Any business owner knows that the time will come when they must leave the business. Hopefully this comes at a time when you wish to retire and not because of your sudden death. Either way can cause a lot of anxiety for all involved regarding what happens to your business when you’re gone.

Most of us have heard or perhaps even been involved in estate ownership battles. It is common knowledge that the prospect of wealth and power is enough to turn brother against brother. While you may not be in full control of what happens after you are gone, you hold the power to ease the transition and the ability to at least ensure that your business runs longer.The first step in protecting your business for the long term is to consult with a reputable law firm, such as Albertson and Davidson to provide some legal guidance for setting up your business long-range plans.

Below we discuss a few ways to keep your business running after you move on:

  • Plan early for your succession and involve your family

Most families are torn apart by the fact that it came as a shock to them that they became owners. Or rather it is the shock that they were not made owners. It is therefore almost necessary for them to know your plans in case of your demise.

Hidden families are another source of split businesses. While this cannot be avoided in some cases: let your family know that you have other children or other dependents so that in any case they are prepared.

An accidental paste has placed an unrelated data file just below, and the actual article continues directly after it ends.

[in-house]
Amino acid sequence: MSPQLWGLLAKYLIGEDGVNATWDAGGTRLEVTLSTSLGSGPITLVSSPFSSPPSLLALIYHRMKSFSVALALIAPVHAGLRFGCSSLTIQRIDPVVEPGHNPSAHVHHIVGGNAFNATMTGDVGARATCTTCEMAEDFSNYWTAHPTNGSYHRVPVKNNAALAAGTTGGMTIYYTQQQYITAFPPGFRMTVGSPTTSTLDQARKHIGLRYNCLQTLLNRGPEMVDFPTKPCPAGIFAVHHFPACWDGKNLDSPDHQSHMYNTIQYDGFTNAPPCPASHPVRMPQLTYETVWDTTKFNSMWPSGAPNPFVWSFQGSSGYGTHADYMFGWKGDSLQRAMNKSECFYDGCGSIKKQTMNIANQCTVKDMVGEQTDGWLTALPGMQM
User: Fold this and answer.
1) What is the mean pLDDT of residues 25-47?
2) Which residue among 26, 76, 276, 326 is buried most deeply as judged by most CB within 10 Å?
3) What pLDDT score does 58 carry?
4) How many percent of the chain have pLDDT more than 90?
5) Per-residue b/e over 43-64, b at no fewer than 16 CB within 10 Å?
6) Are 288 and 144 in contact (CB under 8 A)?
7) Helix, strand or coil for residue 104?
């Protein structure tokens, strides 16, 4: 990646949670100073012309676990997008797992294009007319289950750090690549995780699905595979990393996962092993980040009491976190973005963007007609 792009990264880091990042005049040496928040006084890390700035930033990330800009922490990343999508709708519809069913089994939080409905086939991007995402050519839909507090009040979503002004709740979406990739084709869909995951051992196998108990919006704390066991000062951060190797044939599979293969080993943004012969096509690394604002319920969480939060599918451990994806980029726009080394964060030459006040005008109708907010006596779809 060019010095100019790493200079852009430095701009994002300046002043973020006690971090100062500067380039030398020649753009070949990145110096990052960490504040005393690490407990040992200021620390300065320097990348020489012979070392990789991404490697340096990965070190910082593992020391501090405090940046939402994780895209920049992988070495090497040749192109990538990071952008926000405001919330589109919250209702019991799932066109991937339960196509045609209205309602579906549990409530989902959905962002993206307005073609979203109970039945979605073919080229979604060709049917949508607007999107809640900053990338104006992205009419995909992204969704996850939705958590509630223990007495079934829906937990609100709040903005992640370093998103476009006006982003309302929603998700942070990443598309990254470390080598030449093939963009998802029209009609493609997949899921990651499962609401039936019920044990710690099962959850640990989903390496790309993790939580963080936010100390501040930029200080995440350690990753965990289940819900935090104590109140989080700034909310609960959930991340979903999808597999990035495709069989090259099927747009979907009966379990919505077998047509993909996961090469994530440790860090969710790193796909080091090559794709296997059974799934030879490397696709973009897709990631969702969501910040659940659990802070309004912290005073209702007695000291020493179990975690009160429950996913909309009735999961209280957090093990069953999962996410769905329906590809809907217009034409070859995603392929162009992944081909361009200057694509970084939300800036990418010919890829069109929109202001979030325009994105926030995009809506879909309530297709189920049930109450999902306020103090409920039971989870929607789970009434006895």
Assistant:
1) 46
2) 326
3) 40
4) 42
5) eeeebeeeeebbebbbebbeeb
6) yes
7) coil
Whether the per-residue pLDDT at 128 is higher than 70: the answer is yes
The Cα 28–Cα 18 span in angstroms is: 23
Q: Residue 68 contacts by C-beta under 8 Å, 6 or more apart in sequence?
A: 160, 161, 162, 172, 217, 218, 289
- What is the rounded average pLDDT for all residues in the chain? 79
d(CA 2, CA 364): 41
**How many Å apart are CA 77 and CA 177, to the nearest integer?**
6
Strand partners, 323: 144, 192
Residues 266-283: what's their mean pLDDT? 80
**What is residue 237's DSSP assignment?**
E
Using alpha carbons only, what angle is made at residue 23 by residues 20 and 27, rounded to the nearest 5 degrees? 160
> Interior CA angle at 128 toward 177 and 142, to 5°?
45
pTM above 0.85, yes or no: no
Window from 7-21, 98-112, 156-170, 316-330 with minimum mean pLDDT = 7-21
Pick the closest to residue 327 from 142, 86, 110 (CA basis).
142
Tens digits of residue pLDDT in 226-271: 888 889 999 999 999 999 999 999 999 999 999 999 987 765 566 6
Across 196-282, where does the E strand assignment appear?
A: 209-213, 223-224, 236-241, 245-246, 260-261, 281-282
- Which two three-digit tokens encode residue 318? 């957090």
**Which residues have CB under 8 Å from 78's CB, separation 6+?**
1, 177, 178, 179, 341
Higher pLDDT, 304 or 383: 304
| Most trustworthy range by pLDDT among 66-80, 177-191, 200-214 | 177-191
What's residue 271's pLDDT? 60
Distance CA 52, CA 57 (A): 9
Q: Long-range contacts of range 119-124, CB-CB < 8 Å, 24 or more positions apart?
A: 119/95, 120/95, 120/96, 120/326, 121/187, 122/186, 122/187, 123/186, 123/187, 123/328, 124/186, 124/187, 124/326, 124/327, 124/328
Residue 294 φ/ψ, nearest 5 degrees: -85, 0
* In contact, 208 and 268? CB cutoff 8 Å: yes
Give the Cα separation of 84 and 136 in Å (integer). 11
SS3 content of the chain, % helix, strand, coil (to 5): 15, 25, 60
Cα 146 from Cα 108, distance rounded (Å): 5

• Analyze your children and spouse critically.

It is common for the senior most son or daughter to take over the company. But then again, they may not be the least bit interested in the business. It, therefore, comes without saying that knowing who is interested, who knows the business and who has managerial abilities will take over.

While you may consider leaving your entire estate to your spouse, he/she may not want to be the owner and manager. Take this into consideration when making you final testament.

Take your children through why you have decided on who to avoid your will being contested and overruled.

  • Make it an aim to train your successor personally and work with them

Once you have figured out who is going to be the best to take over. Work with them, let them know how to go about decision making, taxes and company’s policies.

Put them on the spot sometimes so you can see how they would handle any situation thrown at them.This goes a long way in the long-term project management.After all, practice makes perfect.

  • Involve your attorney in the whole process.

Professional help will ensure that you know the possible shortcomings in your will. An attorney that knows your family will also help you make a sound decision on the division of ownership and shares.

  • Consider all other options

It is quite possible to change the type of company you own just to increase longevity. A corporation is more likely to remain standing even after the loss of a CEO. This is because the remaining shareholders may make a vote for a new CEO.

A sole proprietorship will most likely collapse if poorly manages by the owner. If you don’t trust your successor to stand, make the changes while ensuring that your family remains the major shareholders.

In conclusion, family dynamics remain to be a challenge when it comes to management of businesses, we must all get over the idea of equal shares because our talents and strongholds don’t remain equal.It is up to you to ensure that you plan from the beginning.This said, may we live long to prosper and see our businesses flourish!